A vulvectomy is done to remove the vulva or parts of it. The vulva is made up of the genitals located on the outside of a female’s body. These genitals are the clitoris, labia majora, and labia minora.
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This is done to remove cancerous cells from the vulva. It may be able to cure vulvar cancer. It can also be done to remove abnormal skin, like warts.
If you are planning to have a vulvectomy, your doctor will review a list of possible complications, like: BleedingPain, numbness, or tenderness of the vulvaWound not closing properlyInfectionBlood clots in the legsTightness or dryness of the vaginaReaction to anesthesia
may increase the risk of complications.
Discuss these risks with your doctor.
Before the surgery, your doctor may: Do a physical exam and review your medical historyPerform blood and imaging tests
Talk to you about any medicines, herbs, and dietary supplements you may be taking—You may be asked to stop taking some medicines up to one week before the procedure, like:
or other anti-inflammatory drugs
Blood thinners (eg,
Before the surgery: Arrange for a ride to and from the hospital.The night before surgery, do not eat or drink after midnight.
will be used. It will block any pain and keep you asleep through the surgery.
A nurse will insert an IV into your arm. This will deliver antibiotics. Your pubic hair will be removed. The nurse will also insert a catheter to drain urine from your bladder.
There are several types of vulvectomy surgery. The type you will have depends on what parts of the vulva and nearby tissue have been affected by cancer or abnormal skin. Examples include: Skinning vulvectomy—removes the top layer of skinSimple vulvectomy—removes multiple layers of skin and tissuePartial vulvectomy—removes a part of the vulva, as well as some nearby tissue and lymph nodesRadical vulvectomy—removes the entire vulva, including nearby tissue and lymph nodes
Once all affected areas have been removed, the doctor may need to reconstruct the vulva. If only a small amount of skin was removed, she may be able to stitch the remaining skin together. Sometimes, a
is needed. Temporary drains may be inserted to remove extra fluids from the incision area.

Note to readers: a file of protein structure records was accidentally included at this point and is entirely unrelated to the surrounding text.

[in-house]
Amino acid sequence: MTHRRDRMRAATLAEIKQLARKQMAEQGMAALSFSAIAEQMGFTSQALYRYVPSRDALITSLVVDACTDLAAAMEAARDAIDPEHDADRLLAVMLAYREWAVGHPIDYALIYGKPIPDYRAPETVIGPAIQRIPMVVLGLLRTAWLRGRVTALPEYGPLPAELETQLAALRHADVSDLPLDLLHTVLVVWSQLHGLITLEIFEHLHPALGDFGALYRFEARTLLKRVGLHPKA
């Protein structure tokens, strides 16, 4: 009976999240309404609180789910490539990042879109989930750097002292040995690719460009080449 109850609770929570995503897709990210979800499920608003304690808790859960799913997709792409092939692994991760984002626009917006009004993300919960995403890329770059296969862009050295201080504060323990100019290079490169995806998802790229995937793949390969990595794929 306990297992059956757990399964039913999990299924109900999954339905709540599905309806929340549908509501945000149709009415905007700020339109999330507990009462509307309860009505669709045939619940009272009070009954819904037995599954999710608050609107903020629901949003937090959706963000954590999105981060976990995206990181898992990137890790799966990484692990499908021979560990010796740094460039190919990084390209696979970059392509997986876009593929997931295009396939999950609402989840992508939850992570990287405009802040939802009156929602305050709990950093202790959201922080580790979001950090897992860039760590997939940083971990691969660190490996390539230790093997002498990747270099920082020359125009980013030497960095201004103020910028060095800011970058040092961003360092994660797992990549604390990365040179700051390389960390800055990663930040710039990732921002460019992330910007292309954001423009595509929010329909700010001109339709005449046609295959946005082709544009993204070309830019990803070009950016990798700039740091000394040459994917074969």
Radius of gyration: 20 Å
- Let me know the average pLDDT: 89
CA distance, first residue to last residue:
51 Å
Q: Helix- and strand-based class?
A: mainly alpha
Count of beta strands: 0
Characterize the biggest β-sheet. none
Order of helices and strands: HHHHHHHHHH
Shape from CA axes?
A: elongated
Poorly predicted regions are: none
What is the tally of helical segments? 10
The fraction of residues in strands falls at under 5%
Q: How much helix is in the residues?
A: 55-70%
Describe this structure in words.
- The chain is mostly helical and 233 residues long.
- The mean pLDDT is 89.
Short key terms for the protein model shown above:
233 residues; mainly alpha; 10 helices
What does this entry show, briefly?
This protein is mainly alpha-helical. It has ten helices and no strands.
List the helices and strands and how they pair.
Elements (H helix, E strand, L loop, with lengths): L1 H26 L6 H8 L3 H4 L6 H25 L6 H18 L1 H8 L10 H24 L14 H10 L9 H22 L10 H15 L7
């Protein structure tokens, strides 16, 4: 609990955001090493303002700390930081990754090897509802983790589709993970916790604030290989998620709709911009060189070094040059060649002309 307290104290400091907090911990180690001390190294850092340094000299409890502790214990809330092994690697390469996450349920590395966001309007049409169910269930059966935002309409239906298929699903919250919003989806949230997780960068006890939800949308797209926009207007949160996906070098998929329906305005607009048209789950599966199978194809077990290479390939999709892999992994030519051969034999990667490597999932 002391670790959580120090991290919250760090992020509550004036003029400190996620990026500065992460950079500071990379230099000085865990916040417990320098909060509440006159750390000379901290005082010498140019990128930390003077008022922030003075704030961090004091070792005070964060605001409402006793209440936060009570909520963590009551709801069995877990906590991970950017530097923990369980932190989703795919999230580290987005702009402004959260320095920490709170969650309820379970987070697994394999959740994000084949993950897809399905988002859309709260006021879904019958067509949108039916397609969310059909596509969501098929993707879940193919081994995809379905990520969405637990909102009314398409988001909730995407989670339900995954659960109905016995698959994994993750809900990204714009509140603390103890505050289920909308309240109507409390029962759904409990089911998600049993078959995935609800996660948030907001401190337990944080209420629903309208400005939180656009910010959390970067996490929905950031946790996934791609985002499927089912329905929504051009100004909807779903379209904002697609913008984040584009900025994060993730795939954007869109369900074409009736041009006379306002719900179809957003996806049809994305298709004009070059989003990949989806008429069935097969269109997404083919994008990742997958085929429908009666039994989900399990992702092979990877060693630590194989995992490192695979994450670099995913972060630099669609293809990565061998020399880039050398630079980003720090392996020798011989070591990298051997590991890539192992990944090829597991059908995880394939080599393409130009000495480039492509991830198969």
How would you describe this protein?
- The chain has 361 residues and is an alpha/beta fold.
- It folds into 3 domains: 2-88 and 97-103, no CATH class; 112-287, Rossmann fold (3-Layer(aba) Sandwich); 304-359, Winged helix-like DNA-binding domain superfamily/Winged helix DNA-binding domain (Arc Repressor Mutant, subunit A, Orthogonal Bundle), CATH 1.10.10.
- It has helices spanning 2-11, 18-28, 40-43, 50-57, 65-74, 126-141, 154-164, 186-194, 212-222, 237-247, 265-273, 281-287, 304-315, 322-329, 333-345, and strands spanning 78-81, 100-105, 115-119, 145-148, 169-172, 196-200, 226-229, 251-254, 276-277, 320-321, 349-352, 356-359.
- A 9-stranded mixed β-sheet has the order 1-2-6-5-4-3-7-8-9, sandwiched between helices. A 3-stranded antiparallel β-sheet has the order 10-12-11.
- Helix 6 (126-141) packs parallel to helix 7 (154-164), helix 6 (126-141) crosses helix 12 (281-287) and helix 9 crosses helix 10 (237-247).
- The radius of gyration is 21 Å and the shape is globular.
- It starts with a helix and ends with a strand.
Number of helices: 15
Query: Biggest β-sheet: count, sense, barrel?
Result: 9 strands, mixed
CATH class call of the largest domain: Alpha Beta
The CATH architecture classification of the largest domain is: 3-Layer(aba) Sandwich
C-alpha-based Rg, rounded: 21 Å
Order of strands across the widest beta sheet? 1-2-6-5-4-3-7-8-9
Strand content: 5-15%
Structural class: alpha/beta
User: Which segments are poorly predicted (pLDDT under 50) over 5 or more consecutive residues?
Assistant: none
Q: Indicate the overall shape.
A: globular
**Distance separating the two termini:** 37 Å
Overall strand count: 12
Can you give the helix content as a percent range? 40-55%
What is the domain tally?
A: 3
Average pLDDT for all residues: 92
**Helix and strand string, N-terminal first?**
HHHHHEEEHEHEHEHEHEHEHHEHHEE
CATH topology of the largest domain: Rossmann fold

Anesthesia prevents pain during surgery. Your doctor will give you pain medicine after surgery.
The hospital stay depends on the type of surgery. You may go home the same day or up to a few days after. If you had any problems, you will need to stay longer.
While in the hospital, you may be asked to: Begin drinking clear fluids. You will slowly progress to solid food.Do breathing exercises to help prevent chest infections.Get up and walk to relieve gas and prevent blood clots.
The catheter and drains may be removed within a week.
When you return home, you may be asked to do the following: If you have a dressing, follow instructions for changing and removing it.Keep your legs apart.After a bowel movement, wipe yourself from front to back.Take a sitz bath three times a day and after a bowel movement—A sitz bath is soaking the hip and buttocks area in warm water. You can buy a plastic sitz bath at most drugstores. Or you can use your bathtub.Clean the area with natural soap (eg, glycerin) or plain warm water.Keep the vulvar area dry. Dry yourself with a clean towel or use a hair dryer at a low setting.Wear loose clothing and cotton underwear.Avoid wearing pantyhose or girdles.Move your legs while you are in bed to prevent blood clots.Your doctor will let you know when you can have sex again.Follow your doctor’s instructions.
Ask your doctor about when it is safe to shower, bathe, or soak in water.
After you leave the hospital, contact your doctor if any of the following occurs: Signs of infection, including fever and chillsRedness, swelling, increasing pain, tenderness, a lot of bleeding, or discharge from the surgery sitePain, redness, hot skin, or swelling in your legsBurning or pain when urinatingPain not controlled by the medicine givenNausea or vomitingAbdominal pain, chest pain, or trouble breathingWound opens
In case of an emergency, call for medical help right away.
Last reviewed February 2012 by Mohei Abouzied, MD
Please be aware that this information is provided to supplement the care provided by your physician. It is neither intended nor implied to be a substitute for professional medical advice. CALL YOUR HEALTHCARE PROVIDER IMMEDIATELY IF YOU THINK YOU MAY HAVE A MEDICAL EMERGENCY. Always seek the advice of your physician or other qualified health provider prior to starting any new treatment or with any questions you may have regarding a medical condition.
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